NEW YORK —
For the last few days, I've been seeing the six-minute clip of Louis C.K. railing against the use of smartphones all over my smartphone. Every time I check my email, or read Twitter, or otherwise distract myself from life's essential loneliness, his sermon from the couch appears on my tiny screen, underlined with rapturous agreement. C.K. "nails it" on the "bleak, depressing reality of smartphones," the headlines tell me. His notion that "you need to build an ability to just be yourself and not do anything" is "sad, brilliant," "impressively existential," and "frighteningly on the money."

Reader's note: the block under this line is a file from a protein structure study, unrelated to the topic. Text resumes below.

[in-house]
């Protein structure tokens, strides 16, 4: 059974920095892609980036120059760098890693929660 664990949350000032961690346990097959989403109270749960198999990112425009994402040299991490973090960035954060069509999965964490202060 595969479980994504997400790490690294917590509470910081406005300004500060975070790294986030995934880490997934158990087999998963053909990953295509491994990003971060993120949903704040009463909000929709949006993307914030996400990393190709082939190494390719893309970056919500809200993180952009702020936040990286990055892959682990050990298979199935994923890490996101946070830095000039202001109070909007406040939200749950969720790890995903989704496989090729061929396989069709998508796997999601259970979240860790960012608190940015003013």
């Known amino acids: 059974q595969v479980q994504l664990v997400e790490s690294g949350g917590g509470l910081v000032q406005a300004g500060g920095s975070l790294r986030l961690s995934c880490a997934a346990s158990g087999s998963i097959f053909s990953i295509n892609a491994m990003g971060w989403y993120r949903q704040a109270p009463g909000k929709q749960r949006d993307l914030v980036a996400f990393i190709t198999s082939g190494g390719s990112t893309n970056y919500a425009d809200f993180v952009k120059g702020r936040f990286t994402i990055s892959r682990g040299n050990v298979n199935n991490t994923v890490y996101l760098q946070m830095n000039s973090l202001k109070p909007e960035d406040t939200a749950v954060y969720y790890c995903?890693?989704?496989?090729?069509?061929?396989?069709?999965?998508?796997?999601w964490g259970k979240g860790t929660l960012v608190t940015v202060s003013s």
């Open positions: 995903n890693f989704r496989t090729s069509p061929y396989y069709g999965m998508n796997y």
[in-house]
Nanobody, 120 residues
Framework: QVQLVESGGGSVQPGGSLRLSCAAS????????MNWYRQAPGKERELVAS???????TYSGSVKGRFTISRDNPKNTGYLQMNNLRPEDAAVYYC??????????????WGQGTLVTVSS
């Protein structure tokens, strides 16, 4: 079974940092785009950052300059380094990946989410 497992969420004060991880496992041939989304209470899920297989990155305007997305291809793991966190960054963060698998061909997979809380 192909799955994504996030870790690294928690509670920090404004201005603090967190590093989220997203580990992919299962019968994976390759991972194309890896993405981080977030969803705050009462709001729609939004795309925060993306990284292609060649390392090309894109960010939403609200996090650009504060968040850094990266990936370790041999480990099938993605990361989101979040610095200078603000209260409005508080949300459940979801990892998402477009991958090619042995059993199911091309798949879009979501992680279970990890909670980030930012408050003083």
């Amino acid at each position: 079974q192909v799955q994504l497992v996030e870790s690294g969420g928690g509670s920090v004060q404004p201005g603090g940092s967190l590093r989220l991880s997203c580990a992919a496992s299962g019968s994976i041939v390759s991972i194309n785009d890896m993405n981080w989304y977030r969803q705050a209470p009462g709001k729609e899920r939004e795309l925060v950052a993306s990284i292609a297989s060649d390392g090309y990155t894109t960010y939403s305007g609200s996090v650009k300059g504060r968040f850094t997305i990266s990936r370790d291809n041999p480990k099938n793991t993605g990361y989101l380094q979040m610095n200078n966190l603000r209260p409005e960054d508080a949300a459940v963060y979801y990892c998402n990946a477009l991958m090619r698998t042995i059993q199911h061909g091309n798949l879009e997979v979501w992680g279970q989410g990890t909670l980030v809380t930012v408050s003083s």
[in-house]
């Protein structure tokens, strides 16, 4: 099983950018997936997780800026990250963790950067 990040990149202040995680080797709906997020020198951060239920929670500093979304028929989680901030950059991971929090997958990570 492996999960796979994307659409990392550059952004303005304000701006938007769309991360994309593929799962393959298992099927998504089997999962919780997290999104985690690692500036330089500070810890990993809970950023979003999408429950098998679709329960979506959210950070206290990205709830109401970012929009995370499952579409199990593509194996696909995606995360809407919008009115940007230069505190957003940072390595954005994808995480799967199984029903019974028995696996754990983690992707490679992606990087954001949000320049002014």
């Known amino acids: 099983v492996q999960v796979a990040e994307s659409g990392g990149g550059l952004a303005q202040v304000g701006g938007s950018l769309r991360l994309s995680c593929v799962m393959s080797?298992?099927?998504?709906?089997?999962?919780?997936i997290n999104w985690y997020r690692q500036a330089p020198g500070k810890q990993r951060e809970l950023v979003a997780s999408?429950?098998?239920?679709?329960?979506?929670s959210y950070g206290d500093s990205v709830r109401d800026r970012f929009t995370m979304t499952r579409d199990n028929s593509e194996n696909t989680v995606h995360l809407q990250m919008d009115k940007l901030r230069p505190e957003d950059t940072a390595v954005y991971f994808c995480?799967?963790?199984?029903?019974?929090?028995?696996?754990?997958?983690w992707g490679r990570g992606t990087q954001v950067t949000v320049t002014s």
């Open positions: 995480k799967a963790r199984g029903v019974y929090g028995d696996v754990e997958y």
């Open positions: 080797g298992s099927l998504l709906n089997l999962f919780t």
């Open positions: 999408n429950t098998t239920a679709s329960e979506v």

The fact that so many people in my social network have been so inspired by the comedian's attack on social networks suggests that no one finds his thesis too surprising. That's how social networks work: Likes beget shares, and shares beget likes. We're moved by C.K.'s speech because he's telling us what we know already: that phones distract us from the mindful contemplation of our lives; that they corrupt our souls and make us less compassionate. Nothing could be more in line with the backdoor Buddhism that defines the Louis Liberal.
But C.K.'s rant about smartphones invokes a deep conservatism, too. When he speaks out against the evils of technology, he short-circuits an important debate by appealing to an old anxiety. Do new forms of communication erode the public sphere? Do they degrade the human spirit? Perhaps — but we've been working through these questions since the invention of the printed book, and never found a simple answer. So why has C.K.'s crude and fearful take on texting earned such widespread approbation?
Here is the clip that has generated considerable discussion: